The many sides of Young Jeezy

 For a rapper whose debut album sold more than 2 million copies, Jay "Young Jeezy" Jenkins still sounds like he has a fair amount of convincing to do.

It's not that the crack-entrepreneur tales from his breakthrough disc, "Let's Get It: Thug Motivation," ever rang hollow - or that his Glock-brandishing sneers failed to sound adequately menacing.

Far from it. Jeezy, 29, claims he speaks from such firsthand experience that he considers himself a "trap star" - slang in his native Georgia for hustler - more than a rap star.

On last year's club hit "Go Crazy," he explained his evolution: "Switched hustles, been killing'em ever since/Been paid to tell the truth, so it only makes sense."

But as Jeezy promotes his second disc, "The Inspiration: Thug Motivation 102," he wants to clear the air about one thing in particular: his rapping skills.

The issue has followed the rapper since his woozy, hoarse-voiced delivery and recurrent ad-libs "Yeeaah" and "That's riiiiight!" emerged last summer as the hip-hop sensation's trademark sound. Some rap purists questioned his songwriting talent for relying on such vocal effects and simple rhyme patterns.


Answers critics

Over the regal horn blasts and chilling organ chords of a Cool and Dre-produced track, "Streets on Lock," Jeezy addresses his critics: "Ain't no [expletive] help me write my rhymes/wanna assassinate my character/ but I ain't acting."

For this sophomore effort, Jeezy says he recorded more than 80 songs and got better through sheer hard work.

"The [recording] booth is easier to me. It's easier to express my feelings. I'm good at the [stuff] now," says Jeezy, sitting in the New York offices of his label, Def Jam.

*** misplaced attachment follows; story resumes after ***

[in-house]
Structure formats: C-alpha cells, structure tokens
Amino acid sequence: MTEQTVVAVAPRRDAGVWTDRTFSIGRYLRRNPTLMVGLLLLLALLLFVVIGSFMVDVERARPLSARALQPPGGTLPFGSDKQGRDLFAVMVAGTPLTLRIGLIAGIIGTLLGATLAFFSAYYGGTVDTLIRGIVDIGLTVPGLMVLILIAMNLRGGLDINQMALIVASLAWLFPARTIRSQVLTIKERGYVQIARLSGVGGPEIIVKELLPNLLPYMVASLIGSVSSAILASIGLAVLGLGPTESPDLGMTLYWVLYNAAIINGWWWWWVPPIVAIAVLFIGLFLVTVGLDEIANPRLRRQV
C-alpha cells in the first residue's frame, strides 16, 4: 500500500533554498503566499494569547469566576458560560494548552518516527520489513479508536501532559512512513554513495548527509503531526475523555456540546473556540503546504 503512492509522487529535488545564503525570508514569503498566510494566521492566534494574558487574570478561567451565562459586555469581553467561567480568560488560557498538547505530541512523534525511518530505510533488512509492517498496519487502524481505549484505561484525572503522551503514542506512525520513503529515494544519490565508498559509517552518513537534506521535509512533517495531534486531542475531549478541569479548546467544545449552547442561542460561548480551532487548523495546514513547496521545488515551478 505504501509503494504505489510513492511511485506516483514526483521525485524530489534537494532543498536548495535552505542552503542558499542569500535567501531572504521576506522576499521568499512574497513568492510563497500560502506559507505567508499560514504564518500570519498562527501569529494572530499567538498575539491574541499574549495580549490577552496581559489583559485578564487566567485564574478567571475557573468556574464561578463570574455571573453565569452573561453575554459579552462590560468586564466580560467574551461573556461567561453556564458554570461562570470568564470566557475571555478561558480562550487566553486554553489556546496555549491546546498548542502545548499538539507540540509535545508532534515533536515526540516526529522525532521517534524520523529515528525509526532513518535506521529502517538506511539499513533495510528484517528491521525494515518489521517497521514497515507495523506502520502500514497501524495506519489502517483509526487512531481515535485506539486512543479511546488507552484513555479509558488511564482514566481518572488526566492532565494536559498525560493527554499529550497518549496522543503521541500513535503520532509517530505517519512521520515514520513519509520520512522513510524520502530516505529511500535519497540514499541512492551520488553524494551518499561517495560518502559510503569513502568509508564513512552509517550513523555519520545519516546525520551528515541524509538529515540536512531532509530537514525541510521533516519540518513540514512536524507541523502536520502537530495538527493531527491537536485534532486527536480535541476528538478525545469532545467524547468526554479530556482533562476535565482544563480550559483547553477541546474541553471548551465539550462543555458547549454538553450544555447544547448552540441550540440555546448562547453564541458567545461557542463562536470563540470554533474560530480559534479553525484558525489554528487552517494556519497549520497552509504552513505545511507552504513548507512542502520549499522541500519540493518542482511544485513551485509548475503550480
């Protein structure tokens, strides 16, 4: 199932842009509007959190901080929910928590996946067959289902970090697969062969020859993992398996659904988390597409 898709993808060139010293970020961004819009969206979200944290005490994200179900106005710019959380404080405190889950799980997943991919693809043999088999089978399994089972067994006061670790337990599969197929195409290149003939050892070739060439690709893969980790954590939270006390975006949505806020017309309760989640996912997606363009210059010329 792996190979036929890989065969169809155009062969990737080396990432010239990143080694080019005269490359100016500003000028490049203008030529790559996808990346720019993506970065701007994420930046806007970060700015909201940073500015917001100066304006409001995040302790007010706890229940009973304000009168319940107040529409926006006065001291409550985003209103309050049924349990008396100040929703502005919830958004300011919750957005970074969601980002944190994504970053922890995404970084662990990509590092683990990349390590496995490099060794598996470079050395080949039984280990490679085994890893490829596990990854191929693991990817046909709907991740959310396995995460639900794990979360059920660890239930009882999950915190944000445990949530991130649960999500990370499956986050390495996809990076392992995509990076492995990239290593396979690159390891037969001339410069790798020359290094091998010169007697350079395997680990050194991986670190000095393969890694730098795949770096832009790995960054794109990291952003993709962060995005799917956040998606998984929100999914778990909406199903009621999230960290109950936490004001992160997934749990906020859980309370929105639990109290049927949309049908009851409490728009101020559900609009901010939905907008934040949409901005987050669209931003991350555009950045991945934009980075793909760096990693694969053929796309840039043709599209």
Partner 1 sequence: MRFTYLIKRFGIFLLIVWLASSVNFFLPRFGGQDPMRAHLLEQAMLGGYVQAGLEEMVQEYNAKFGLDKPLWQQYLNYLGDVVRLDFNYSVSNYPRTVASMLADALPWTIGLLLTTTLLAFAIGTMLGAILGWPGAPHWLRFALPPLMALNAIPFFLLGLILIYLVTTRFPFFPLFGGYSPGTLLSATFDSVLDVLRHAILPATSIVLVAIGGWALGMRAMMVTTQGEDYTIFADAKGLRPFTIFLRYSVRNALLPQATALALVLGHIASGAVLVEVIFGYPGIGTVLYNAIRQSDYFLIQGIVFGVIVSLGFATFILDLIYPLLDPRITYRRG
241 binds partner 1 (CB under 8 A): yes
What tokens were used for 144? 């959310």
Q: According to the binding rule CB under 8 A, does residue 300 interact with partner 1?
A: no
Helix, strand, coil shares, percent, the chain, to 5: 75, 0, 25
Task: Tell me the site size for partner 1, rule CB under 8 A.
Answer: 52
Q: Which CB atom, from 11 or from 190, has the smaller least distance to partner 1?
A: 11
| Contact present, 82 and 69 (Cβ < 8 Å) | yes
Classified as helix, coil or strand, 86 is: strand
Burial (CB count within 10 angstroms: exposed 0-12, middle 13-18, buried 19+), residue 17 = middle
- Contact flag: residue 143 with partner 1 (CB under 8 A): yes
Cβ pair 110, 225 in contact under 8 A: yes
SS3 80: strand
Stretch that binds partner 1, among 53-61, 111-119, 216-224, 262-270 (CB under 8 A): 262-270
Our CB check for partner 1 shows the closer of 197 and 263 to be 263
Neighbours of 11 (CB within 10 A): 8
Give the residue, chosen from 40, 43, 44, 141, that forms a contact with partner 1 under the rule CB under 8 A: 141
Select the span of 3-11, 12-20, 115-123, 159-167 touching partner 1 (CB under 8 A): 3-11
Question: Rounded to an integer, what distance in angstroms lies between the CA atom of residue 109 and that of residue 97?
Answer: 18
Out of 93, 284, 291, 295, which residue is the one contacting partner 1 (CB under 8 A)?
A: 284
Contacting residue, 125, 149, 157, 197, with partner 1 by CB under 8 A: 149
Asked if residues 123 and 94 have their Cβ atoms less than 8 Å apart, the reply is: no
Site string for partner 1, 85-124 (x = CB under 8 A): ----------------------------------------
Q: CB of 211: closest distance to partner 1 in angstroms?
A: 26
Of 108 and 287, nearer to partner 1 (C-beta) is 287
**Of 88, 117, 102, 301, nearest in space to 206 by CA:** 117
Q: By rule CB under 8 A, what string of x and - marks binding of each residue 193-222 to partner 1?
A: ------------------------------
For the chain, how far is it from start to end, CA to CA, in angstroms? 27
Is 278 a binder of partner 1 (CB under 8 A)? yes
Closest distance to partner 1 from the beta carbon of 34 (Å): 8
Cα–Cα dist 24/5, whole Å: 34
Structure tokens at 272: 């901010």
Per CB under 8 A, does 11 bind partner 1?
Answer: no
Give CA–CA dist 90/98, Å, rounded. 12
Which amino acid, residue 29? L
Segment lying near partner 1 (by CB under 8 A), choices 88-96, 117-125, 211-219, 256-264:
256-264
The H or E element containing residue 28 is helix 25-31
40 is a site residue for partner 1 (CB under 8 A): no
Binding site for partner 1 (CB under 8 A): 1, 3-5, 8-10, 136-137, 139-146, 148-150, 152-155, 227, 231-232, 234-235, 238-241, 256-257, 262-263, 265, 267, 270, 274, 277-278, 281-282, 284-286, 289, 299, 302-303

But Jeezy doesn't want to alienate the fans who witnessed him go from a young hustler in Macon and Atlanta in the mid-1990s to local aspiring rapper with a mix tape buzz and his own distribution company, Corporate Thugz Entertainment, by 2002.

"I went through the . . . shootouts, all the stuff," he recalls. "It wasn't that that changed me; it was more so just seeing my [10-year-old] son, and me having to take care of my dead homies' kids for Christmas. It got to the point where [hustling] didn't even make sense no more."


Rise to stardom

In the past two years, Jeezy's star has taken off. In 2004, he signed with Sean "Diddy" Combs' Bad Boy Records as part of the group Boyz N Da Hood. The following year, he left the group and signed with Def Jam as a solo artist.

If the popularity of his first album is any indication, Jeezy understands how to reach underground and mainstream audiences. "The Inspiration" features gargantuan, synth-heavy beats and unforgettable hooks. Meanwhile, his lyrics boast of material excess, depict the ruthlessness of the streets and provide hopeful messages of redemption.

"Jeezy appeals to the common folk," says DJ Drama, the Atlanta-based DJ who featured Jeezy on one of his Gangsta Grillz mix tape CDs in 2002. "He's lyrical in the sense that he's not trying to put the most words in one sentence, but he's humorous and so realistic at the same time."

He displays that dark, populist approach notably on the sunken groove of "J.E.E.Z.Y.," where he chants "Jeezy likes to drink/ Jeezy likes to smoke/ Jeezy likes to mix Arm & Hammer with the coke" - yet another reference to his drug-dealing days.

"He lets you know he came from the streets, that there are things in his past that he did do to get to where he is," says Shakir Stewart, Def Jam senior vice president of A&R.

"And he wants to inspire people to let them know you can make it out too."

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